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Nesta Carter, Jonielle Smith lead 100m finalists at CAC Games

Monday, July 30, 2018

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BARRANQUILLA, Colombia — A slightly wind-aided 9.92 seconds (2.1m/s) from World Championships and Olympic Games medallist Nesta Carter led all qualifiers for today's final of the men's 100m at the Central American and Caribbean (CAC) Games at the Roberto Melendez stadium in Barranquilla, Colombia, Sunday night.

Jonielle Smith also led the women's section as all four Jamaicans, two each in the men's and women's events, advanced to the finals set for just after 8:30 pm today.

Former Wolmers Boys' Javoy Tucker, now at the University of Technology, Jamaica, also advanced to the men's final with a new personal best 10.08 seconds (0.5m/s) for fourth in his semi-final, taking one of the fastest loser spots.

Carter, who beat Cuba's Reynier Mena (10.06s) and the Dominican Republic's Christopher Valdez- (10.09s), was pleased with his execution and said even with a slight wind in his back he was pleased to have dipped under 10.00 seconds for the first time since 2015.

“This feels good, I did a number of races before coming here and I knew I could run fast, we got a long break between races, so the recovery was also good,” he said.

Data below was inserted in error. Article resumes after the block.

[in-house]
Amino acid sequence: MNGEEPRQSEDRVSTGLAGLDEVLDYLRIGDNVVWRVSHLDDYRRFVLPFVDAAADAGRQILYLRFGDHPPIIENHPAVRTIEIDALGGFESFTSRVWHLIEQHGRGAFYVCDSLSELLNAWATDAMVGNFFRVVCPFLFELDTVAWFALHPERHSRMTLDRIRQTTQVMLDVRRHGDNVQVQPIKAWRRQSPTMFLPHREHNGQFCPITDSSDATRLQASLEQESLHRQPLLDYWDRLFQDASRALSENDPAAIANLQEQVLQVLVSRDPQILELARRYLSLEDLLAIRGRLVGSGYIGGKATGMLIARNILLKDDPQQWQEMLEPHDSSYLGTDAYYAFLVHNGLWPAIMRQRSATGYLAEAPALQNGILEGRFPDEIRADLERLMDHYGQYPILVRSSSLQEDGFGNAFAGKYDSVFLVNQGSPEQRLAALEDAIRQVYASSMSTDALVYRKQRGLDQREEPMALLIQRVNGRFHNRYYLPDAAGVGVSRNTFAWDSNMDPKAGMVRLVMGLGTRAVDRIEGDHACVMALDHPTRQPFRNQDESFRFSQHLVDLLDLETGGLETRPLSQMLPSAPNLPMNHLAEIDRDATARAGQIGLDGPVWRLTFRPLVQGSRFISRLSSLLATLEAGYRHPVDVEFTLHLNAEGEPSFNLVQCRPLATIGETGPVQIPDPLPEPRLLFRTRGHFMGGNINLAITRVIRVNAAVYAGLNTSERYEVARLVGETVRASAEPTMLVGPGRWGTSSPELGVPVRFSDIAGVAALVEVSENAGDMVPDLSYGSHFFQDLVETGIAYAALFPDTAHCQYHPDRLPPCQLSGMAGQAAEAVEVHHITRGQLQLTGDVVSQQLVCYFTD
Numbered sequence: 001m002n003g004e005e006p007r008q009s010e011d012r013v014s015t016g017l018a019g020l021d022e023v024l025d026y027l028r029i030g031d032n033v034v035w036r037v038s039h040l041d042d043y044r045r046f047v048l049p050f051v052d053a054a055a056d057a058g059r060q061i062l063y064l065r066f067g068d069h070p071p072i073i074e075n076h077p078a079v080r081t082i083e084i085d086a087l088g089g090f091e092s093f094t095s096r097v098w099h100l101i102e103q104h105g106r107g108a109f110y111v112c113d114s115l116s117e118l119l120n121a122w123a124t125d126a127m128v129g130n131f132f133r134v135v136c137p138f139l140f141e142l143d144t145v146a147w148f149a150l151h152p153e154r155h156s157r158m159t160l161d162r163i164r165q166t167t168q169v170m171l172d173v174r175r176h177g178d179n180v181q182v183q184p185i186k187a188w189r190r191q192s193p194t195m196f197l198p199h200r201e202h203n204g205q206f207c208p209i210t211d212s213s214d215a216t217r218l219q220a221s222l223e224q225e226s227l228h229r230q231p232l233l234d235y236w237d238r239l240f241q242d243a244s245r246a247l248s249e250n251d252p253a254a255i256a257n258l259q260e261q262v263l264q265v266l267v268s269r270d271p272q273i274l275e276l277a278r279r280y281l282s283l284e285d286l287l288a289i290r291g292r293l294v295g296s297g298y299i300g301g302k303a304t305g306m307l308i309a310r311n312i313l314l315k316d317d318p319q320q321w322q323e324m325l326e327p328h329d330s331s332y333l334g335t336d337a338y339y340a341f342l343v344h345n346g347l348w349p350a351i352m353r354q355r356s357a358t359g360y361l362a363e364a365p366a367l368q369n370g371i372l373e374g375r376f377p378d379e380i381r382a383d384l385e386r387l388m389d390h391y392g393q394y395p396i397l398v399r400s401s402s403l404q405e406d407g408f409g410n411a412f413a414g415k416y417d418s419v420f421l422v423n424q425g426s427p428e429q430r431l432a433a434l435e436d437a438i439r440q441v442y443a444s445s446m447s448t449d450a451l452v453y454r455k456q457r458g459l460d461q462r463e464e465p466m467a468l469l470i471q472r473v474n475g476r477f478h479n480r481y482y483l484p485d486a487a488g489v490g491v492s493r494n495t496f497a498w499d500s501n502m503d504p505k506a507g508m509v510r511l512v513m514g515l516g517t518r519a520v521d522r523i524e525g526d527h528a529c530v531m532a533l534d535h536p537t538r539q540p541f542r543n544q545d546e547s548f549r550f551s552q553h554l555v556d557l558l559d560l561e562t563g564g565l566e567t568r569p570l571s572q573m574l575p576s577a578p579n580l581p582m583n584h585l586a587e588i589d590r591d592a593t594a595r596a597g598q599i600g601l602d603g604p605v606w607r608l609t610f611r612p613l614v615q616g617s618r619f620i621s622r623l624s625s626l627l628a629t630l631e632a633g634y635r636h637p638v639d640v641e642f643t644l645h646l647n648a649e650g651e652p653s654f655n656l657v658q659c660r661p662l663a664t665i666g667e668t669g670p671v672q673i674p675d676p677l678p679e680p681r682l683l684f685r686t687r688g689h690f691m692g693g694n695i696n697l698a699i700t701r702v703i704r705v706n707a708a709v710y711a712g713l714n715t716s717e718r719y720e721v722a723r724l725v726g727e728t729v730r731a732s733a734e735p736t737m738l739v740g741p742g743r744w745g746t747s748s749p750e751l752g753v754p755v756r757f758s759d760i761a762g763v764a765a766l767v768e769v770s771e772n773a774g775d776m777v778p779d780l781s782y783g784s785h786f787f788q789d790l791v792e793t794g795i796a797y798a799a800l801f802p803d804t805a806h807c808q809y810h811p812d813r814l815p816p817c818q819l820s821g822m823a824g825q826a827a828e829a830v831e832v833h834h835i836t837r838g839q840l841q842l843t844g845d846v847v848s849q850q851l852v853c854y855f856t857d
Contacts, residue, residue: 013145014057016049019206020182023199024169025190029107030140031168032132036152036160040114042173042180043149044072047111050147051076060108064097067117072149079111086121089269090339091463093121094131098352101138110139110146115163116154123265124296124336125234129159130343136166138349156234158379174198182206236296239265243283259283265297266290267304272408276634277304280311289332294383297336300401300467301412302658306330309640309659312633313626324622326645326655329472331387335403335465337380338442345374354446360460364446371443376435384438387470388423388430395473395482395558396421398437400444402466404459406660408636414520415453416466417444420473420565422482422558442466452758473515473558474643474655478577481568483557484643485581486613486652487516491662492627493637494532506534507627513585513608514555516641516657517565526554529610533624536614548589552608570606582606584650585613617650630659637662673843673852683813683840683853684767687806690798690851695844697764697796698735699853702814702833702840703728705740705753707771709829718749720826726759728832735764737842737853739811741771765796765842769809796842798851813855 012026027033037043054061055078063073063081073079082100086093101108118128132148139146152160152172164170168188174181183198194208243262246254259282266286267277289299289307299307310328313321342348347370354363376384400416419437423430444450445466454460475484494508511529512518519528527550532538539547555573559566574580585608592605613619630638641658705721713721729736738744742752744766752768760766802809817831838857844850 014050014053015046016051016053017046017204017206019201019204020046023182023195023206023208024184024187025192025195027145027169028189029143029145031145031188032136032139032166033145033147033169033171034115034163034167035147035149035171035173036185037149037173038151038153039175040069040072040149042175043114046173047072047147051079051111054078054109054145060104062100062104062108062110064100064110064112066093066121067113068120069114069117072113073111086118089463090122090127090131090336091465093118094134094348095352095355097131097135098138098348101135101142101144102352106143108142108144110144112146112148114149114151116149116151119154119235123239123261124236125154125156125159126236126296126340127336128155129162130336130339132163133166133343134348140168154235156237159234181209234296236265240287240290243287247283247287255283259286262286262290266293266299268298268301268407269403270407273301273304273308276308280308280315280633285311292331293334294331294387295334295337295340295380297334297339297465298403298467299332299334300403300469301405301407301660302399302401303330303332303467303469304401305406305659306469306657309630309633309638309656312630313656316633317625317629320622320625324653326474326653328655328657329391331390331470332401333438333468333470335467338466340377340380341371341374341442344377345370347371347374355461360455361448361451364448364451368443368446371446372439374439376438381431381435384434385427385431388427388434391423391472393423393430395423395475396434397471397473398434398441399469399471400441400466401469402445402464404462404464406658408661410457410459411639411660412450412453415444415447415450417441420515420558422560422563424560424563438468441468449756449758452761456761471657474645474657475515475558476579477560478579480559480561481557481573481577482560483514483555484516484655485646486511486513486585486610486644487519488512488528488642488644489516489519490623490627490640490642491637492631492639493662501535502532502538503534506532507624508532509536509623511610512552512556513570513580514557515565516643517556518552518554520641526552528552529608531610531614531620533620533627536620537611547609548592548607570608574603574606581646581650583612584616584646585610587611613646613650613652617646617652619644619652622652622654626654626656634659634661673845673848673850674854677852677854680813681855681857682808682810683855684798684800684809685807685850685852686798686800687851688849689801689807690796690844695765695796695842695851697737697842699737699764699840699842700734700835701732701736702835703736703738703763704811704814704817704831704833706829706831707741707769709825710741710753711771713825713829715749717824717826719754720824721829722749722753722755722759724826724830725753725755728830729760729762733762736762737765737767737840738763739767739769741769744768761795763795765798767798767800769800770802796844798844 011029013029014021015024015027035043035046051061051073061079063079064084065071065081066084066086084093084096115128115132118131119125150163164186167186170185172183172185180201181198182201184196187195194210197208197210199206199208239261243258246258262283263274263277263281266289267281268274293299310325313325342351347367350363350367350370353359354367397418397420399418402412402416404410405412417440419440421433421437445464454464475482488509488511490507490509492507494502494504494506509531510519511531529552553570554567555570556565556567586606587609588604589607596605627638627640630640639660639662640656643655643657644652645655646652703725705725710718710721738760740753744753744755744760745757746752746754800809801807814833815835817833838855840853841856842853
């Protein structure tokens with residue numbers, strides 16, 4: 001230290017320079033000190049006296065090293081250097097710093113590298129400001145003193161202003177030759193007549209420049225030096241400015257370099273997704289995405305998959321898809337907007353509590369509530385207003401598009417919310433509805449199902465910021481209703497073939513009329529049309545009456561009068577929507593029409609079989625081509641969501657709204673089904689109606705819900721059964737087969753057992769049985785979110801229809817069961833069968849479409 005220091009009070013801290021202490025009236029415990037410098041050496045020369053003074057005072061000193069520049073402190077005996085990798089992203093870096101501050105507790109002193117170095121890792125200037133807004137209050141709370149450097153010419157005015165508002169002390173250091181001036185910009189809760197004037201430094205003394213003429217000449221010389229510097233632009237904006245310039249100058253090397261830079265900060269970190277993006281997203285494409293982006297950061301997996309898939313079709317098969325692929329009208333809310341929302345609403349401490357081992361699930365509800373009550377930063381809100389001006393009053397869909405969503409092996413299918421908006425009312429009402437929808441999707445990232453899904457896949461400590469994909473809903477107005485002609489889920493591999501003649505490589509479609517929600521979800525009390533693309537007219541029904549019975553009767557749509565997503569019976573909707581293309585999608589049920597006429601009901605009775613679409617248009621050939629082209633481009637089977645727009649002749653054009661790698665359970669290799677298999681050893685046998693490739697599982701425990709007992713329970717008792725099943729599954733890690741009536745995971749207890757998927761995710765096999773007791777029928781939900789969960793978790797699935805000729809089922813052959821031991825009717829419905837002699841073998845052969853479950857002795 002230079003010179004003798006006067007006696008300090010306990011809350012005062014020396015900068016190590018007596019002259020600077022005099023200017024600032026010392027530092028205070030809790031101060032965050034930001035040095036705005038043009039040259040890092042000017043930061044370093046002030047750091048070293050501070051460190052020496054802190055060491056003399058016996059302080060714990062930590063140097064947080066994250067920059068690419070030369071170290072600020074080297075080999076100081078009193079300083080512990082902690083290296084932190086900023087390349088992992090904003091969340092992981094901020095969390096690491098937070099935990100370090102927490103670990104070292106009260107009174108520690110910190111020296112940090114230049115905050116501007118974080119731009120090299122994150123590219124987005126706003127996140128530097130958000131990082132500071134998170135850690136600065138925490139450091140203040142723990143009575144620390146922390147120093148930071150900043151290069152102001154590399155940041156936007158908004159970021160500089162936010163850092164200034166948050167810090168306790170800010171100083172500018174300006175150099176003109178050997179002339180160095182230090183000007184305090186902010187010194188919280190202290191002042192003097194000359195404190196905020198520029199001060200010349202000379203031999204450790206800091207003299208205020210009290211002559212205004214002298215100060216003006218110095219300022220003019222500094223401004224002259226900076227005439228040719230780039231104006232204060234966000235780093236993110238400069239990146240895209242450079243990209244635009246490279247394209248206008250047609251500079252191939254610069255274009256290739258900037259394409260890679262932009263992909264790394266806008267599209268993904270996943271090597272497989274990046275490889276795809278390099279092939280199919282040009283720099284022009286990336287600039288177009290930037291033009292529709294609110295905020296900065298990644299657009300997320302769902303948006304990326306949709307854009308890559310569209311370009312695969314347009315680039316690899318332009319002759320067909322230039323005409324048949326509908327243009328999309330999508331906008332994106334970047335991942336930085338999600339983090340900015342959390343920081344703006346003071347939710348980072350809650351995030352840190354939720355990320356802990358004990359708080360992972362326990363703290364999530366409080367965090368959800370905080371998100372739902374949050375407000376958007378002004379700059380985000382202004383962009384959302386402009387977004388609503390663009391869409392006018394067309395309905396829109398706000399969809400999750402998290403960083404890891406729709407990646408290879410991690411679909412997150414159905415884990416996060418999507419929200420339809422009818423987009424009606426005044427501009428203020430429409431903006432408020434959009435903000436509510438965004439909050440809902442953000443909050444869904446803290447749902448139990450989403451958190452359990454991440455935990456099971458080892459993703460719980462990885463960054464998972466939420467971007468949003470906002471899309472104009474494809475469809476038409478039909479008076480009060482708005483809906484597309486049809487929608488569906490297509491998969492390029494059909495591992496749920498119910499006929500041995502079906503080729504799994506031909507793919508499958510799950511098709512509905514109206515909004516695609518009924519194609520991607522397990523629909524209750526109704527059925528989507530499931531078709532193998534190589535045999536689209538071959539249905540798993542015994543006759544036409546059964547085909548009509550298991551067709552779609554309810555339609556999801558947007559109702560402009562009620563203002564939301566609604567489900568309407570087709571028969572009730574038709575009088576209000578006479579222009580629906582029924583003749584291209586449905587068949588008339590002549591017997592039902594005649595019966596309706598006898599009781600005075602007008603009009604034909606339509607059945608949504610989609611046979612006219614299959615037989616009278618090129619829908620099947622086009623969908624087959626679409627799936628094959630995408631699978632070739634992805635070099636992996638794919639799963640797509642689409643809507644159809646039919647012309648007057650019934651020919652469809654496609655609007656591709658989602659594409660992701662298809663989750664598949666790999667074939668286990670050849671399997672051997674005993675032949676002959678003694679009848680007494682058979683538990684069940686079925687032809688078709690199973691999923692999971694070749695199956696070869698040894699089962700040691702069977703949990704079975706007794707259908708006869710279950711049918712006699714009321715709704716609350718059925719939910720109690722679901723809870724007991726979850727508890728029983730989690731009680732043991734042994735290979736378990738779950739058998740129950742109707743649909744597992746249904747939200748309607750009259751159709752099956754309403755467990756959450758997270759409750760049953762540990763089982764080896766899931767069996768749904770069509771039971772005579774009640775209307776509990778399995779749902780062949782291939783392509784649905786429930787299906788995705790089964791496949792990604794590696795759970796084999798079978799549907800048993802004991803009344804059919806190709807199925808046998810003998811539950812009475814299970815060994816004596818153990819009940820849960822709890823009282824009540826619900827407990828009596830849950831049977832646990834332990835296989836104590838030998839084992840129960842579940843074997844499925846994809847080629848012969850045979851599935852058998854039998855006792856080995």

“I nailed the execution,” he told reporters, “the drive phase was perfect and the transition was pretty good, I just need to be pushing forward some more in the race.”

For the final, Carter said there were a few things that he needed to work on, “if I do the fast times will come”.

Tucker, whose previous legal personal best was 10.35 seconds, ran a wind-aided 10.09 (2.7m/s) in the first round and was happy with his performance despite stumbling out of the blocks.

“It feels excellent, I had a wind-aided time in the heats but I wanted to come back here and do the same thing but hope for a legal wind and I got that.”

Despite finishing fourth in his semi-finals, Tucker thinks a spot on the podium is there for him, “I think I can get on the podium and I could also go under the 10.00 seconds,” he said.

Colin Green of Antigua won the second semi-final in a championships record 10.00 seconds, ahead of Barbados' Mario Burke who ran a personal best 10.03 seconds with Alston Rogers of St Kitts and Nevis third in a season's best 10.05 seconds.

Smith, who won her semi-final in 11.22 (1.5m/s), got off to a good start and “controlled the race which was my aim,” she said afterwards.

Trinidad's Khalifa St Forte won the second hat in 11.31 seconds (1.9m/s) in which Jamaica's Jura Levy was third in 11.47 seconds but Smith said it was her gold medal to win.

“I am not thinking about anyone else, I am just focussed on me and my lane but once I do what I should do I will win,” she said afterwards.

"Winning the gold medal would be a big step for me," she said, “this is my first senior team individual event and it would mean a whole lot to me and big boost for my confidence.”

Paul Reid

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